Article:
[Not mine. This is the fancy XLT with two-tone paint]
Sometimes we buy cars with our heads, and sometimes we buy cars with our hearts. Every time I have let my heart do the deciding it turns out poorly. One day, I just decided I wanted a truck. I didn’t have any particular reason for wanting one – I had nothing to haul and nothing to tow. I just wanted a truck. I went down to the skid row of car dealers in town and traded in the Chevrolet Sprint for a 1984 Ford Ranger XL Longbed. It didn’t turn out well.
The minimalist in me always liked pickups, especially small ones. There’s a box up front for the engine, a place to sit, and a place for stuff. That’s all, nothing else.
My truck was a bit oddly equipped. Because it was a longbed, I was spared from the weak 2.0 found in base-model shortbed Rangers. Instead, I got the 2.3, basically the Pinto engine. My truck had power steering, but unassisted brakes. Cloth bench seat, but rubber floors.
It also had the notoriously bad paint that lots of cars had in the early 80s had. It came off my truck in sheets. I paid a buddy probably more money than I ought to have, to paint it in his garage. It came back to me full of overspray and runs.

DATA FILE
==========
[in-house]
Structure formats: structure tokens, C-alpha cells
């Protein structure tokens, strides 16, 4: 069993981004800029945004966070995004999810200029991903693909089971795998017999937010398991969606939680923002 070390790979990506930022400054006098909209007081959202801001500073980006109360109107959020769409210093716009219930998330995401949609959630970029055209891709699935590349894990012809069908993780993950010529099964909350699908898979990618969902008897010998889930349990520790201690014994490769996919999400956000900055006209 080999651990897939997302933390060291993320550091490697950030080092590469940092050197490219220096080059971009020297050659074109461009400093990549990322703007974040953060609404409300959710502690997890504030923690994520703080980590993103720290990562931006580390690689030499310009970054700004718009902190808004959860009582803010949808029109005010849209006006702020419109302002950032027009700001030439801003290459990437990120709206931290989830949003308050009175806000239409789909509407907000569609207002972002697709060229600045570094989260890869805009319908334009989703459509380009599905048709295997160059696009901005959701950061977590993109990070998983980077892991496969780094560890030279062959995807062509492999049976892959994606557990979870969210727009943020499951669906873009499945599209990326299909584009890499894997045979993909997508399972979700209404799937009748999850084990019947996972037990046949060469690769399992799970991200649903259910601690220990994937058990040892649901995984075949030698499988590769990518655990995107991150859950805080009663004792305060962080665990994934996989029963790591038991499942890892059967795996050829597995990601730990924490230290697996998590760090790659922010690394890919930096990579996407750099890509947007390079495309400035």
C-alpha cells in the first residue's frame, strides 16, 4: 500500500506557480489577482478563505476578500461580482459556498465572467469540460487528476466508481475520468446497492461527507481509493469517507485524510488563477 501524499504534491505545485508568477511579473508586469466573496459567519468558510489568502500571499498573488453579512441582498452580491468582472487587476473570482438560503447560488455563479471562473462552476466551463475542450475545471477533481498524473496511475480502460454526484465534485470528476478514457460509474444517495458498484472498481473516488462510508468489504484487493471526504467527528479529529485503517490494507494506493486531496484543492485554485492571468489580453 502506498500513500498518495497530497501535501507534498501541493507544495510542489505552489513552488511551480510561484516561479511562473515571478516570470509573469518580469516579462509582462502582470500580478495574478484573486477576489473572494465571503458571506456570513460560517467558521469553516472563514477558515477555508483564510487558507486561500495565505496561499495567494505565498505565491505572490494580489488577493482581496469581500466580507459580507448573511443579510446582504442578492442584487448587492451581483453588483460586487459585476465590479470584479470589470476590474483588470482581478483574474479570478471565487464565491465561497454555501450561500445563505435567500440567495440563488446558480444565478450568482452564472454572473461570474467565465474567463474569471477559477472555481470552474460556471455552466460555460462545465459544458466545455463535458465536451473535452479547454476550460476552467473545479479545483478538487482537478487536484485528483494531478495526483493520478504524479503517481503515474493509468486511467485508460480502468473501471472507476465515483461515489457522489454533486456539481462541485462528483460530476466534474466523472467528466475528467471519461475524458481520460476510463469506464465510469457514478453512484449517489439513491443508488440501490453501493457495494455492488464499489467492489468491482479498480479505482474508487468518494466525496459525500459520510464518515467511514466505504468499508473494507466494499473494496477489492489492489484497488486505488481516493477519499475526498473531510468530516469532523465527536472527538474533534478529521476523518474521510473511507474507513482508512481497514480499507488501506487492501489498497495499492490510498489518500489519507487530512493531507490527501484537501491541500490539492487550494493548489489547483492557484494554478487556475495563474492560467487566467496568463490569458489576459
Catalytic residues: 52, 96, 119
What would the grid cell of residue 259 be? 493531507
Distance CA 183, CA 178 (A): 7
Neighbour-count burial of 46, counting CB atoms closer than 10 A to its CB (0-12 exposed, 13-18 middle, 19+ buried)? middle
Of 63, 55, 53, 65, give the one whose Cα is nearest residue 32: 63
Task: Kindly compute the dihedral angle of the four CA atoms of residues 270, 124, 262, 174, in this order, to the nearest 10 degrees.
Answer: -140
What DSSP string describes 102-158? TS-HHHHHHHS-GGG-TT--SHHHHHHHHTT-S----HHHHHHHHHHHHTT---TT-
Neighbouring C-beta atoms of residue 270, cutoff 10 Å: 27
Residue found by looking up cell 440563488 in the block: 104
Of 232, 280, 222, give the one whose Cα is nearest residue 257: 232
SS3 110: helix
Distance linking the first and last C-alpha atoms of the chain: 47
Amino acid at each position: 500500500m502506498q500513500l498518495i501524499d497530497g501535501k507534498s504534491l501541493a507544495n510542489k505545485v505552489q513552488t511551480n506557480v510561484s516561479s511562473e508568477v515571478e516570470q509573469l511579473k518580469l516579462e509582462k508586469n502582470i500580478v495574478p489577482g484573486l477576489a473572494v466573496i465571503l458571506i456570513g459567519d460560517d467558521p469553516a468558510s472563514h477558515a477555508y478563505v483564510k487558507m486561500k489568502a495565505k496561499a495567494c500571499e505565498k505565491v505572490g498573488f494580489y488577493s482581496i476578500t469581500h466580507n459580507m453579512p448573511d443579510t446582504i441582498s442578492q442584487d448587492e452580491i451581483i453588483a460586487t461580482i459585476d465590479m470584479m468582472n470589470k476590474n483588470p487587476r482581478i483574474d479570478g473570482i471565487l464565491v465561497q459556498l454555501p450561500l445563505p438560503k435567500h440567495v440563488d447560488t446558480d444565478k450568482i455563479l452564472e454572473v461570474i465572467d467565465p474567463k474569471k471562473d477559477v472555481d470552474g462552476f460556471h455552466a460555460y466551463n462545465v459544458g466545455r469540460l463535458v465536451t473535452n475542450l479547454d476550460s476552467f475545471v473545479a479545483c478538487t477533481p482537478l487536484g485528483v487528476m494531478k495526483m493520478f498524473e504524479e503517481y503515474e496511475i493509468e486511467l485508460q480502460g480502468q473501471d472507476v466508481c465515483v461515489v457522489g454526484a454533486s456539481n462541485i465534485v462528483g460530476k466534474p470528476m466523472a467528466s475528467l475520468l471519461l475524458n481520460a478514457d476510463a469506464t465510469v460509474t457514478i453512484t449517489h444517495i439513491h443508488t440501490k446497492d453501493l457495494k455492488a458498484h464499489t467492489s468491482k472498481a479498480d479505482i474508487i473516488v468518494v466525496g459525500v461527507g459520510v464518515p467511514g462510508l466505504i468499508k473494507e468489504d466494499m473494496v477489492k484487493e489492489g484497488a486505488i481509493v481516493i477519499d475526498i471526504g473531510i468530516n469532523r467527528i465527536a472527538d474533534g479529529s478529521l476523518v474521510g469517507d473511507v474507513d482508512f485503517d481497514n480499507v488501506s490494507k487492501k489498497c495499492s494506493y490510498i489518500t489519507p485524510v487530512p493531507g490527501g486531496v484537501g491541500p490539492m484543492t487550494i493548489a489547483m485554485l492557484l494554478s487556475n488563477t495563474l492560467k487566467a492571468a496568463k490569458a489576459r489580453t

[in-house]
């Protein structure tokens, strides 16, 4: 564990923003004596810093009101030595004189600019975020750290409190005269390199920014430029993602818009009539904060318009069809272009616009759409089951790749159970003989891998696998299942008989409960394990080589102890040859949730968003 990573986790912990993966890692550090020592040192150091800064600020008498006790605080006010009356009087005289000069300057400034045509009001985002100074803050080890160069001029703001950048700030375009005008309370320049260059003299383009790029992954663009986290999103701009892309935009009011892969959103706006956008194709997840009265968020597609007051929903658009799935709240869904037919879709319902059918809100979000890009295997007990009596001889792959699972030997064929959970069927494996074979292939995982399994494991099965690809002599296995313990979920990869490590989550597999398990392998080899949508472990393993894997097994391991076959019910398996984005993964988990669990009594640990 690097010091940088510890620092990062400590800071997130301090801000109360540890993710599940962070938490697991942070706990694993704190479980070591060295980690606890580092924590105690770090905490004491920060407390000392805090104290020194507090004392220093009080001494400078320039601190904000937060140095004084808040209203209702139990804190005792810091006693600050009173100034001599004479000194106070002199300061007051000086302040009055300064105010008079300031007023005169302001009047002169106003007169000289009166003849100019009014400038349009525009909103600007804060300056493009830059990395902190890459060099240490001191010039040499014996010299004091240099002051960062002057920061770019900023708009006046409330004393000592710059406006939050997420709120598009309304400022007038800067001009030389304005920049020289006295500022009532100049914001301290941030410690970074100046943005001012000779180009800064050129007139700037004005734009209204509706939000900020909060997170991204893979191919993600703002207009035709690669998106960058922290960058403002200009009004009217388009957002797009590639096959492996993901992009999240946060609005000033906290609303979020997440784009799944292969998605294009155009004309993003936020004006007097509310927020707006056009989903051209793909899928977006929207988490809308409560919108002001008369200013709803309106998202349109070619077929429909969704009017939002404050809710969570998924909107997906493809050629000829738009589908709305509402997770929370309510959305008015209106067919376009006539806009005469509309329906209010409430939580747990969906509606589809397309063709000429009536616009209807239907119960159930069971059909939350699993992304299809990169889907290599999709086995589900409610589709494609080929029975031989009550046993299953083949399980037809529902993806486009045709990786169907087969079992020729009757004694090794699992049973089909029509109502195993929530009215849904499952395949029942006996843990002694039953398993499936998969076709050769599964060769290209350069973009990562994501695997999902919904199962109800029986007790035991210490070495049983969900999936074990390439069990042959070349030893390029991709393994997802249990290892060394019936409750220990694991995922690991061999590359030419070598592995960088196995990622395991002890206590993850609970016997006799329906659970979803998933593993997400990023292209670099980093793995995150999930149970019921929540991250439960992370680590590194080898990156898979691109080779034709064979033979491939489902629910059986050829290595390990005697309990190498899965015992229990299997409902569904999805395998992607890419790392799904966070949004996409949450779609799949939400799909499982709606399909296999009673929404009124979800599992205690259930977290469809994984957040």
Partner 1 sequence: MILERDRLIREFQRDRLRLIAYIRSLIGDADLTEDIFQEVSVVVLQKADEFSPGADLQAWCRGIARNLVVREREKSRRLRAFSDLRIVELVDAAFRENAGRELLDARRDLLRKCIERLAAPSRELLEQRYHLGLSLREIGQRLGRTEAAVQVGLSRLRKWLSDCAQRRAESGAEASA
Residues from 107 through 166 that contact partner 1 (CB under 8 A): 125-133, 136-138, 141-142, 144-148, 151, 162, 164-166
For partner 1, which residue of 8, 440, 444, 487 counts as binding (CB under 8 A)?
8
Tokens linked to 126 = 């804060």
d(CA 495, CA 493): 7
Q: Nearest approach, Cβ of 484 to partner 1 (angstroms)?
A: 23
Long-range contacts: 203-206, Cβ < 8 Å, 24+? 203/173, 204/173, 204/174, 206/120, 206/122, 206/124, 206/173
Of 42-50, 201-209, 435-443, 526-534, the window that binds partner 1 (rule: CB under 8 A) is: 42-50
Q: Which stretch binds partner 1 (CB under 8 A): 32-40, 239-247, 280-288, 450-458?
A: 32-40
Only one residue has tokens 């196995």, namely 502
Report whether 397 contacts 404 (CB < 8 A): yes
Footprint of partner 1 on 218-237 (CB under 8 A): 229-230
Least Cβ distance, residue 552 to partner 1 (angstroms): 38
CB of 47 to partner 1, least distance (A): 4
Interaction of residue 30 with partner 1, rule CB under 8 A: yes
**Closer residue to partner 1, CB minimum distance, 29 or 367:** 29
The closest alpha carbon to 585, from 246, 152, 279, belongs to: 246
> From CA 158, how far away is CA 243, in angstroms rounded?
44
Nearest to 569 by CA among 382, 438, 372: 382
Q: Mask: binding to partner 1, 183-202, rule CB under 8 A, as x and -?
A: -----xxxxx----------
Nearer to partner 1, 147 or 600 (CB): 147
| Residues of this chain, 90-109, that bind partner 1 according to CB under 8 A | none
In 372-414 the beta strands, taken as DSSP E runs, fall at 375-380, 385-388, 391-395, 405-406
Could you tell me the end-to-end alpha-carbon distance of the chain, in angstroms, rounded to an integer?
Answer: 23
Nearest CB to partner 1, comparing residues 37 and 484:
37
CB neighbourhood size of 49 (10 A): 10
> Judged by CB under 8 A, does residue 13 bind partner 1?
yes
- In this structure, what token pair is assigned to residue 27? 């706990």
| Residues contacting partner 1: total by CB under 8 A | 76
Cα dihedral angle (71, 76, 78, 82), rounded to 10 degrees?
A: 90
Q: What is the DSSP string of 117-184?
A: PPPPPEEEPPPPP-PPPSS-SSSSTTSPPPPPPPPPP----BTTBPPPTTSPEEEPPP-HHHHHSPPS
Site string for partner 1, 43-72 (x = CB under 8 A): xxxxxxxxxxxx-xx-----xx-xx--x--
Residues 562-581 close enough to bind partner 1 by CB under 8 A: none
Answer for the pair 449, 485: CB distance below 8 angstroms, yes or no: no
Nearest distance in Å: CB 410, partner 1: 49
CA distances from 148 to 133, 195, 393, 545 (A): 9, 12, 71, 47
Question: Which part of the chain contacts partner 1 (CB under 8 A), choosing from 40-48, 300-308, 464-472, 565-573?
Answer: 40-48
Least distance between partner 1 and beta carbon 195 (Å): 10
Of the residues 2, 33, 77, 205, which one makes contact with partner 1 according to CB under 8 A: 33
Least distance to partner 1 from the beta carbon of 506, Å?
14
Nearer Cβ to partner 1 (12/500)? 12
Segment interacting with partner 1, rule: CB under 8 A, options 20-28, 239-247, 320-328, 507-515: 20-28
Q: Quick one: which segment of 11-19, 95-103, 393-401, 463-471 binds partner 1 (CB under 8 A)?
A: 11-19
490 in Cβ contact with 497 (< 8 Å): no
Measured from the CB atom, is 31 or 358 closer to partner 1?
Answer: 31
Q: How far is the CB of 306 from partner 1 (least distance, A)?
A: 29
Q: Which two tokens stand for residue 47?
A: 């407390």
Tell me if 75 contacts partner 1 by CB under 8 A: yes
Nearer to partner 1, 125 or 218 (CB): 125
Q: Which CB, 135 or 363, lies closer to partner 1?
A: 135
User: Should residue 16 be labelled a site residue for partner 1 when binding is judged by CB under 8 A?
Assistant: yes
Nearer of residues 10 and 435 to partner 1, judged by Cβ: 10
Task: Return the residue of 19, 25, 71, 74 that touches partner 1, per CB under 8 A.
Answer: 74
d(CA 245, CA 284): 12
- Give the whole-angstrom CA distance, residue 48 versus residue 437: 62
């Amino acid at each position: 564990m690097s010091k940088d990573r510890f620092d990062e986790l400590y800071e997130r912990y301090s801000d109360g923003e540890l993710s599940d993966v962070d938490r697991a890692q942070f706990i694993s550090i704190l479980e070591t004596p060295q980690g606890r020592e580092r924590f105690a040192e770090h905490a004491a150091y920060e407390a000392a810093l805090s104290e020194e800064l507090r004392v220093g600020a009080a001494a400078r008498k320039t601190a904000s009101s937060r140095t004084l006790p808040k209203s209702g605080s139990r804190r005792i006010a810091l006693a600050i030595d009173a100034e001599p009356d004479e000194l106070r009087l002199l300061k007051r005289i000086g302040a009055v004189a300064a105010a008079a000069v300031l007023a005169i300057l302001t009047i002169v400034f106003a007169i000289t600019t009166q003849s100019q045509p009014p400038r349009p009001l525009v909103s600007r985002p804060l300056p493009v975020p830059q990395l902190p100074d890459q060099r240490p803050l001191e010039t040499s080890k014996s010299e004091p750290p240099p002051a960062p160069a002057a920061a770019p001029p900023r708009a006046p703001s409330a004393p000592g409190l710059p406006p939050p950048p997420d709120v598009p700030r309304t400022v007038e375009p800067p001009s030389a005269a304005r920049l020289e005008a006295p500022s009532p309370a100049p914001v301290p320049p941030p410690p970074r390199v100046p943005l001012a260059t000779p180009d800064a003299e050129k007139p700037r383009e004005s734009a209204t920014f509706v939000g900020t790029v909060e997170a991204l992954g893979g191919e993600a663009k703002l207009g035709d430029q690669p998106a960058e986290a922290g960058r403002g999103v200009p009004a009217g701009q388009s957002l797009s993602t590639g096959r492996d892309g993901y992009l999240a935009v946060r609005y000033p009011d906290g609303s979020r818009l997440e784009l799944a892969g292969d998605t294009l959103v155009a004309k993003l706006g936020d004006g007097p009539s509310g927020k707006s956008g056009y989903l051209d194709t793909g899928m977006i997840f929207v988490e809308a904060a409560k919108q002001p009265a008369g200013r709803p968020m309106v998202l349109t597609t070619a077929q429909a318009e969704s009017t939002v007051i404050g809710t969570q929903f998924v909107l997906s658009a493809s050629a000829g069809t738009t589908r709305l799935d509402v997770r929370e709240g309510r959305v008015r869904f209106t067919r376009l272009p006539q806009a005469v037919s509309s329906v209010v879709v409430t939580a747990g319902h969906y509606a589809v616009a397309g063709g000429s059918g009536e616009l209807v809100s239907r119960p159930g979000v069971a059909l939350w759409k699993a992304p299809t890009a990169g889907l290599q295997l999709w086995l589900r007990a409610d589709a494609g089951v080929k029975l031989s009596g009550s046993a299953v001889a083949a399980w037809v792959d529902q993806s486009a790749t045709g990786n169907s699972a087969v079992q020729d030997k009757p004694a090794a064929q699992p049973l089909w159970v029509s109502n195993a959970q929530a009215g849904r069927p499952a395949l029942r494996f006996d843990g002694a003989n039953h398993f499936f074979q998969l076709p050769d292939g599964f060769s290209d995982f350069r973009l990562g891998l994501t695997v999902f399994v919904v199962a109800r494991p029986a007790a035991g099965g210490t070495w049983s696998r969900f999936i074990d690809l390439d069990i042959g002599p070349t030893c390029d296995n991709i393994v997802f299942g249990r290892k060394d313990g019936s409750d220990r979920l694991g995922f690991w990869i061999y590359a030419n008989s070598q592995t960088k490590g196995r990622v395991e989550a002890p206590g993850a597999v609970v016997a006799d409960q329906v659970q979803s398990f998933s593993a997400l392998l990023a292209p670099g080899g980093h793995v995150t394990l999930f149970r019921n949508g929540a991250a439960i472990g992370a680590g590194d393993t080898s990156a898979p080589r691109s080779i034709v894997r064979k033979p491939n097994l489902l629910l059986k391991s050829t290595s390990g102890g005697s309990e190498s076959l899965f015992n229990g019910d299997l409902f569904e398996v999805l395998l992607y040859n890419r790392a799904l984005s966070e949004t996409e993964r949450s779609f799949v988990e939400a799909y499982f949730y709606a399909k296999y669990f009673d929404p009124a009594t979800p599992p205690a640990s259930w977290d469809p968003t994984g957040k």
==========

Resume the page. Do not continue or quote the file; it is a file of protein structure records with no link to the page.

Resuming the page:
Then the head gasket blew. I had never replaced a head gasket before, but I sure had read a lot of books. Let’s just say I learned a lot about how not to replace a head gasket. For one thing, if the book says to re-torque the head bolts after so many miles, well, not doing that is a bad idea.
Looking back, the Ranger was a good learning experience, but I bought it bad because I bought it with my heart. That’s the lesson I really should have learned, but it took a few more dumb choices before that tidbit of information took hold in my brain. I sold the Ranger a few years later for about what I had into it, so it wasn’t all bad, I guess.
While I had it down for the head gasket job, I bought a beater to get me around. Stay tuned for that story next week…